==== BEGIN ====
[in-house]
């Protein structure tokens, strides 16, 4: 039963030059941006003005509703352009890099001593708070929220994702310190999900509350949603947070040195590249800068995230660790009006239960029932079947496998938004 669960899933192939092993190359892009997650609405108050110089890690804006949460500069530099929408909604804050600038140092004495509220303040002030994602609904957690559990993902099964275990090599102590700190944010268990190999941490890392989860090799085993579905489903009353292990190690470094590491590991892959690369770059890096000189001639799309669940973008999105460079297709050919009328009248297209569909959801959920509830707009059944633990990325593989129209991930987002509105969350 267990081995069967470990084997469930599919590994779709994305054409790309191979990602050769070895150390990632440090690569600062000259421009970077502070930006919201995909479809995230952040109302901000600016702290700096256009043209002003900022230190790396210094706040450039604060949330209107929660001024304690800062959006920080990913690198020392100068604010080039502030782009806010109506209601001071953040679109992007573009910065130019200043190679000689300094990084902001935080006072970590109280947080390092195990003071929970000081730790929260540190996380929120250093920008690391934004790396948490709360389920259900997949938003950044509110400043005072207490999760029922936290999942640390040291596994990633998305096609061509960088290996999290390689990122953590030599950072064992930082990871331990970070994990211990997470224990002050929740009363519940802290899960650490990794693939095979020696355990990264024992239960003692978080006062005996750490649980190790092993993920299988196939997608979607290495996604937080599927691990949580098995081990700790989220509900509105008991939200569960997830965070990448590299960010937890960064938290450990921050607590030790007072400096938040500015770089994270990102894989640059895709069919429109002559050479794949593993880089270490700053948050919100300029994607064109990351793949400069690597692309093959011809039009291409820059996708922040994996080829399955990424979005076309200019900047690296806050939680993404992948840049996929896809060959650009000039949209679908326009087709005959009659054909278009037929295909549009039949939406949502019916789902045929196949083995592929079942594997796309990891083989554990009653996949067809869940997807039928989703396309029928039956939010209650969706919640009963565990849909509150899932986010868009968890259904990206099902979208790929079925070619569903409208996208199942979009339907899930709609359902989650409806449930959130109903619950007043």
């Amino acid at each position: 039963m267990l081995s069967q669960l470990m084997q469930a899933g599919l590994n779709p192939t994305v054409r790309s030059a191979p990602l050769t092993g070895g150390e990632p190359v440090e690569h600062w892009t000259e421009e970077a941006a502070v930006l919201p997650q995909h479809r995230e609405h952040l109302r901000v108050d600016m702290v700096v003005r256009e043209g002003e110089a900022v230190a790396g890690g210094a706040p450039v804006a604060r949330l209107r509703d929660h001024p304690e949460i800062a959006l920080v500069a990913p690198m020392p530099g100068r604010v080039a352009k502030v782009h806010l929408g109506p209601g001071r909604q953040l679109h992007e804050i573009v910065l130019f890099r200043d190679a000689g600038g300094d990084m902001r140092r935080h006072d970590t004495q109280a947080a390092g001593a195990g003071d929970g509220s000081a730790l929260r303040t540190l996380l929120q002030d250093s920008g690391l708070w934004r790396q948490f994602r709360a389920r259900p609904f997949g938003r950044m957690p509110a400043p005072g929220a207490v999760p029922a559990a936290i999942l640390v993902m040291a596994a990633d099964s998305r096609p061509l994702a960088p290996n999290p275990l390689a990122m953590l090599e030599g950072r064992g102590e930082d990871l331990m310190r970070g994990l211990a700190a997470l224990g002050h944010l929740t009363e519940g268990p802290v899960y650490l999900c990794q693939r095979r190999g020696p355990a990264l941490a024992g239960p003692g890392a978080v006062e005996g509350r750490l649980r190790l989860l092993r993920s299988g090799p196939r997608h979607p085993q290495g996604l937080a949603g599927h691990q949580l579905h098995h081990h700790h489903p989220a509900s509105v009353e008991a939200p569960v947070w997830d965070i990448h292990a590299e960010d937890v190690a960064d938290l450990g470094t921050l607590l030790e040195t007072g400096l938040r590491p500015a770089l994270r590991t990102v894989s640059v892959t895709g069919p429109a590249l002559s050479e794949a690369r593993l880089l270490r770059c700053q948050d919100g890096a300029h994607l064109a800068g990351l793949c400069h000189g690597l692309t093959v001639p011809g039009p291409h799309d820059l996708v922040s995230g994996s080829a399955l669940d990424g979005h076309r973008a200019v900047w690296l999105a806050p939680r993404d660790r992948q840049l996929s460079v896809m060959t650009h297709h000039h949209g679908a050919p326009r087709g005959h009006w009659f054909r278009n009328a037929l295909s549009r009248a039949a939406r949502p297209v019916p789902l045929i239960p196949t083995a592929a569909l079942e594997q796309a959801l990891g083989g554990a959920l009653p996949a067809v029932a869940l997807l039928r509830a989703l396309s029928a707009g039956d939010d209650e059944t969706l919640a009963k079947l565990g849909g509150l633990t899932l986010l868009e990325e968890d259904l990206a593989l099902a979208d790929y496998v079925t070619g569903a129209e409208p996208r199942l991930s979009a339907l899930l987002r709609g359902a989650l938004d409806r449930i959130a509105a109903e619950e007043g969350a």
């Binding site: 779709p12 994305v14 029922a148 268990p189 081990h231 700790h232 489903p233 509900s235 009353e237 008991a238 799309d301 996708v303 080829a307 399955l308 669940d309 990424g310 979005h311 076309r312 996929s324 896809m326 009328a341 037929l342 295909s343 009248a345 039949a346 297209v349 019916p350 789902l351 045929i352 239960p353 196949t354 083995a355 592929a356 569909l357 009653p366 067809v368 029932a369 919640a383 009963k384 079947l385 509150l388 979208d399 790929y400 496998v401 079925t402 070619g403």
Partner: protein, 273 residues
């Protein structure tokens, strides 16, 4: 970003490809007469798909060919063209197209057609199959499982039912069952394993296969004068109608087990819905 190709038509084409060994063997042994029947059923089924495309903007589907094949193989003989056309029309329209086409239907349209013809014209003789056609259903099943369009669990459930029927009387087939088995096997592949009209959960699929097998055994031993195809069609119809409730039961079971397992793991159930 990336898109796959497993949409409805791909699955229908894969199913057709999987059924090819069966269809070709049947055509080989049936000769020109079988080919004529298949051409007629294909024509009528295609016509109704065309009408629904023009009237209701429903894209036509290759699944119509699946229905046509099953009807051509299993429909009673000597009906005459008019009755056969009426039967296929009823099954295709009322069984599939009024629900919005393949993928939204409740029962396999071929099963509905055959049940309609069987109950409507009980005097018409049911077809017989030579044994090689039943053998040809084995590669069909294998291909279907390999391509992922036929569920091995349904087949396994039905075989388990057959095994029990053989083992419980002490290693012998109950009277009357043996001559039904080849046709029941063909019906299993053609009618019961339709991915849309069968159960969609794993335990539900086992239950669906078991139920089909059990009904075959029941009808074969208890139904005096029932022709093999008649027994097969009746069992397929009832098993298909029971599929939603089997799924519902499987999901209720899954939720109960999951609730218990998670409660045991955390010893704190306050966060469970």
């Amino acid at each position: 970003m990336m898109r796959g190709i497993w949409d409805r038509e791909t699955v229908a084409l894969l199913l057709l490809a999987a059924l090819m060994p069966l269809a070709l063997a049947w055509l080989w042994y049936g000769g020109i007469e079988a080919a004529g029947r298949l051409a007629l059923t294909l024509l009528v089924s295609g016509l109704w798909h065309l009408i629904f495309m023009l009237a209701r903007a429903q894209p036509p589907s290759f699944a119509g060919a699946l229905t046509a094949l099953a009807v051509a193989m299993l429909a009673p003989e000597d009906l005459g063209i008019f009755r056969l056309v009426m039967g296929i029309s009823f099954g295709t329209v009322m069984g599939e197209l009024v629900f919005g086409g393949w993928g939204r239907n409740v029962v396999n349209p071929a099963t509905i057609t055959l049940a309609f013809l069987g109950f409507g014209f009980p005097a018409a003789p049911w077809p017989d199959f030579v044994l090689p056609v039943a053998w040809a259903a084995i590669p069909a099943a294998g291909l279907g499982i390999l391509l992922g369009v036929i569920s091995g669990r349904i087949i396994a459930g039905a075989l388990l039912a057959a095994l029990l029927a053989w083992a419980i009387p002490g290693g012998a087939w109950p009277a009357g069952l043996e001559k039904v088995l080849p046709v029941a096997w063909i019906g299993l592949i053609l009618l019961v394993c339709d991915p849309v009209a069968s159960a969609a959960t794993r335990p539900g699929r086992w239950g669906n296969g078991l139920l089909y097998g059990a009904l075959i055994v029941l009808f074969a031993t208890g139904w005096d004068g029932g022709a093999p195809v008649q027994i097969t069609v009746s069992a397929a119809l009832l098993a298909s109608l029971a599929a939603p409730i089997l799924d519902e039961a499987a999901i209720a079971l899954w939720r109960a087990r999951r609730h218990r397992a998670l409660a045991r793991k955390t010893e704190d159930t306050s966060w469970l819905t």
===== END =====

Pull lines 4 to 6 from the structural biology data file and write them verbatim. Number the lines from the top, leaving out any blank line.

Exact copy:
């Binding site: 779709p12 994305v14 029922a148 268990p189 081990h231 700790h232 489903p233 509900s235 009353e237 008991a238 799309d301 996708v303 080829a307 399955l308 669940d309 990424g310 979005h311 076309r312 996929s324 896809m326 009328a341 037929l342 295909s343 009248a345 039949a346 297209v349 019916p350 789902l351 045929i352 239960p353 196949t354 083995a355 592929a356 569909l357 009653p366 067809v368 029932a369 919640a383 009963k384 079947l385 509150l388 979208d399 790929y400 496998v401 079925t402 070619g403």
Partner: protein, 273 residues
């Protein structure tokens, strides 16, 4: 970003490809007469798909060919063209197209057609199959499982039912069952394993296969004068109608087990819905 190709038509084409060994063997042994029947059923089924495309903007589907094949193989003989056309029309329209086409239907349209013809014209003789056609259903099943369009669990459930029927009387087939088995096997592949009209959960699929097998055994031993195809069609119809409730039961079971397992793991159930 990336898109796959497993949409409805791909699955229908894969199913057709999987059924090819069966269809070709049947055509080989049936000769020109079988080919004529298949051409007629294909024509009528295609016509109704065309009408629904023009009237209701429903894209036509290759699944119509699946229905046509099953009807051509299993429909009673000597009906005459008019009755056969009426039967296929009823099954295709009322069984599939009024629900919005393949993928939204409740029962396999071929099963509905055959049940309609069987109950409507009980005097018409049911077809017989030579044994090689039943053998040809084995590669069909294998291909279907390999391509992922036929569920091995349904087949396994039905075989388990057959095994029990053989083992419980002490290693012998109950009277009357043996001559039904080849046709029941063909019906299993053609009618019961339709991915849309069968159960969609794993335990539900086992239950669906078991139920089909059990009904075959029941009808074969208890139904005096029932022709093999008649027994097969009746069992397929009832098993298909029971599929939603089997799924519902499987999901209720899954939720109960999951609730218990998670409660045991955390010893704190306050966060469970």